UCL logo

UCL Discovery

UCL home » Library Services » Electronic resources » UCL Discovery

Psychosocial factors at work as predictors of hospitalization for back disorders: a 28-year follow-up of industrial employees

Kaila-Kangas, L.; Kivimäki, M.; Riihimäki, H.; Luukkonen, R.; Kirjonen, J.; Leino-Arjas, P.; (2004) Psychosocial factors at work as predictors of hospitalization for back disorders: a 28-year follow-up of industrial employees. Spine , 29 (16) pp. 1823-1830. 10.1097/01.BRS.0000134572.46151.0A.

Full text not available from this repository.

Abstract

Study design: A prospective cohort study. Objectives: To study the association of psychosocial factors at work with severe back disorders leading to hospitalization. Summary of background data: Some psychosocial factors at work have been related to back pain, but little is known about their predictive role in severe back disorders. Methods: Psychosocial factors at work were studied by questionnaire and interview in 1973 among a cohort of 902 metal industry employees. Information on hospital admissions for back disorders from the Finnish Hospital Discharge Register in 1973-2000 was linked to the data. Cox proportional hazards regression was used to estimate the time between the assessment of risk factors and the first hospital admission for intervertebral disc disorders (36 cases) and other back disorders (47 cases). Results: In a model including psychosocial factors and potential confounders, low job control versus high control was associated with a 3.2-fold risk (95% confidence interval, 1.3-7.8) of hospitalization for back disorders other than those of the intervertebral disc. The corresponding rate ratio for low versus high supervisor support was 2.9 (95% confidence interval, 1.3-6.3). Job demands, coworker support, and distress were not independently associated with these disorders. The result did not change when patients with chronic back disorder at baseline were excluded from the analysis. There was no association between psychosocial factors at work and hospitalizations for intervertebral disc disorders. Conclusion: Low job control and low supervisor support seem to increase the risk of hospitalization for back disorders other than intervertebral disc disorders.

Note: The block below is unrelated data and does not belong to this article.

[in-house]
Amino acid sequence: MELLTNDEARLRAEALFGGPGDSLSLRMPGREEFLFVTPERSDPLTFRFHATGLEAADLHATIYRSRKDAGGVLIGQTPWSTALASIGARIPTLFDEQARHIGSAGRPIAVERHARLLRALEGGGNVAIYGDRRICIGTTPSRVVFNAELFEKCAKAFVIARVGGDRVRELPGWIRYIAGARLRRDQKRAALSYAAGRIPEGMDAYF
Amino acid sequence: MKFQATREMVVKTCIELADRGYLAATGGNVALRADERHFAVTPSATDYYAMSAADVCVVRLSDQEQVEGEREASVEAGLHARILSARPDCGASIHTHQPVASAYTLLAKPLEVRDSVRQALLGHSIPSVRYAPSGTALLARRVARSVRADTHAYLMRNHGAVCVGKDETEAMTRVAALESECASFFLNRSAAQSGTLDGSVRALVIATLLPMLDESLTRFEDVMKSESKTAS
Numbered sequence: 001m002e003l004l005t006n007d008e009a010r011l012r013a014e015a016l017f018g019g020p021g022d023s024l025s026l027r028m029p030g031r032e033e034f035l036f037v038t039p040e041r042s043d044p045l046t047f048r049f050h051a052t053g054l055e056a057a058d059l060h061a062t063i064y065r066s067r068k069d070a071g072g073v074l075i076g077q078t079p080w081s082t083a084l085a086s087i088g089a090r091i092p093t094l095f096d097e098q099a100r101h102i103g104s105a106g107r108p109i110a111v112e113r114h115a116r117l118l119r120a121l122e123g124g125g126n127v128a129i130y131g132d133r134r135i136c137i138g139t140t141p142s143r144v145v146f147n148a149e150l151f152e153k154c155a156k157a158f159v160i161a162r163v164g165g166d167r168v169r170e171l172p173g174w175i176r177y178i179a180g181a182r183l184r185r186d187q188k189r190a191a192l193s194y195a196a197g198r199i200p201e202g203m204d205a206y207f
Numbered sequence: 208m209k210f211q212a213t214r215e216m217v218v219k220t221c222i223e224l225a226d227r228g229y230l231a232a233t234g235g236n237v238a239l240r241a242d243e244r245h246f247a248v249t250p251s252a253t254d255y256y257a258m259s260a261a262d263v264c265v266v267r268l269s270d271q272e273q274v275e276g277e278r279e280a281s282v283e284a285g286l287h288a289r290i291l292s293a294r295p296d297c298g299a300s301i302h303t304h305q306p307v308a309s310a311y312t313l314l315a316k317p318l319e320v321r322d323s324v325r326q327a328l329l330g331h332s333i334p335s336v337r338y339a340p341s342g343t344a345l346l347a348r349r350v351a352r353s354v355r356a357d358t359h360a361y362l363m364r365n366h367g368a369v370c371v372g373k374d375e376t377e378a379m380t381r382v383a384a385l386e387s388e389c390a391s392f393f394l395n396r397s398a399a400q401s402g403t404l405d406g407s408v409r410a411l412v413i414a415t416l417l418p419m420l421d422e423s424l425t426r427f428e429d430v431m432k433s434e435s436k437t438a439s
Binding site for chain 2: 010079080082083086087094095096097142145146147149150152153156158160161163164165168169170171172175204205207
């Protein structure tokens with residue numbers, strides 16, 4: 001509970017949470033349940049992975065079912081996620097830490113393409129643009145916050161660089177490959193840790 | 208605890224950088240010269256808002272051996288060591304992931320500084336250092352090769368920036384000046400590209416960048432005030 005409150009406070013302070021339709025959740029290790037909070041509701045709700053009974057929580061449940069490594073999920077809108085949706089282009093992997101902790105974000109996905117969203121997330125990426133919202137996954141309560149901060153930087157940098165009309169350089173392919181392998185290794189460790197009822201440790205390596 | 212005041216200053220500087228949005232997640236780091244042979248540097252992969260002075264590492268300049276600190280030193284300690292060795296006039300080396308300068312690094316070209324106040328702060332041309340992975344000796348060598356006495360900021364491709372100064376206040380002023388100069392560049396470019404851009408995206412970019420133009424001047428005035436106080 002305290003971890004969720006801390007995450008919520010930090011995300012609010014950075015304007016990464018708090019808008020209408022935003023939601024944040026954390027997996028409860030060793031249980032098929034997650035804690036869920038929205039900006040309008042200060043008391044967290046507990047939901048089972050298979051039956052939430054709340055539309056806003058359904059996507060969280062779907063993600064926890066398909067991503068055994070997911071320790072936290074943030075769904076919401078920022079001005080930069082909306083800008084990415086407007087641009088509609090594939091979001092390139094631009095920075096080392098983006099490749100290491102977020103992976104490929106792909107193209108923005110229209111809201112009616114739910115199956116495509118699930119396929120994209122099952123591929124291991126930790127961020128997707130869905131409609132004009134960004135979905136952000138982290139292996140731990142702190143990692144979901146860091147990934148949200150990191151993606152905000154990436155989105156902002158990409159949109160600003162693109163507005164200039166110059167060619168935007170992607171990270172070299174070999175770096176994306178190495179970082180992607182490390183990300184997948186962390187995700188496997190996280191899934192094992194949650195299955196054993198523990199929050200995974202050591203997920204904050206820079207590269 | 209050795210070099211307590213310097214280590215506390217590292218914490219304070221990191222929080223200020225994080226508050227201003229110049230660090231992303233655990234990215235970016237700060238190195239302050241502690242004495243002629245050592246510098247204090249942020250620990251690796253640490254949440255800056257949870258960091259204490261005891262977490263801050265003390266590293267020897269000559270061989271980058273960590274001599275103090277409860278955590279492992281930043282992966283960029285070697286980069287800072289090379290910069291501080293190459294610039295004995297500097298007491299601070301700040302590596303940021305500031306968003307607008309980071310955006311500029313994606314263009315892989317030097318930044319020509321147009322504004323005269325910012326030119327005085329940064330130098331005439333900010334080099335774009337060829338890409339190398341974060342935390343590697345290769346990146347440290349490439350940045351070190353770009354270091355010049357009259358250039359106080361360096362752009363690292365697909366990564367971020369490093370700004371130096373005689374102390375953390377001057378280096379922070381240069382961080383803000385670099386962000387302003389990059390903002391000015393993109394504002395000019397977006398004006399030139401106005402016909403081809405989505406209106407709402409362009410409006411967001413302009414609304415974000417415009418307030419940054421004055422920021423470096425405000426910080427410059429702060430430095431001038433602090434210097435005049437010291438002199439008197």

Type: Article
Title: Psychosocial factors at work as predictors of hospitalization for back disorders: a 28-year follow-up of industrial employees
DOI: 10.1097/01.BRS.0000134572.46151.0A
Publisher version: http://dx.doi.org/10.1097/01.BRS.0000134572.46151....
Language: English
Keywords: Back pain, coworker support, distress symptoms, hospital care, job control, job demands, prospective study, supervisor support
UCL classification: UCL > Provost and Vice Provost Offices > School of Life and Medical Sciences > Faculty of Pop Health Sciences > Institute of Epidemiology and Health > Epidemiology and Public Health
URI: http://discovery.ucl.ac.uk/id/eprint/5560
Downloads since deposit
0Downloads
Download activity - last month
Download activity - last 12 months
Downloads by country - last 12 months

Archive Staff Only

View Item View Item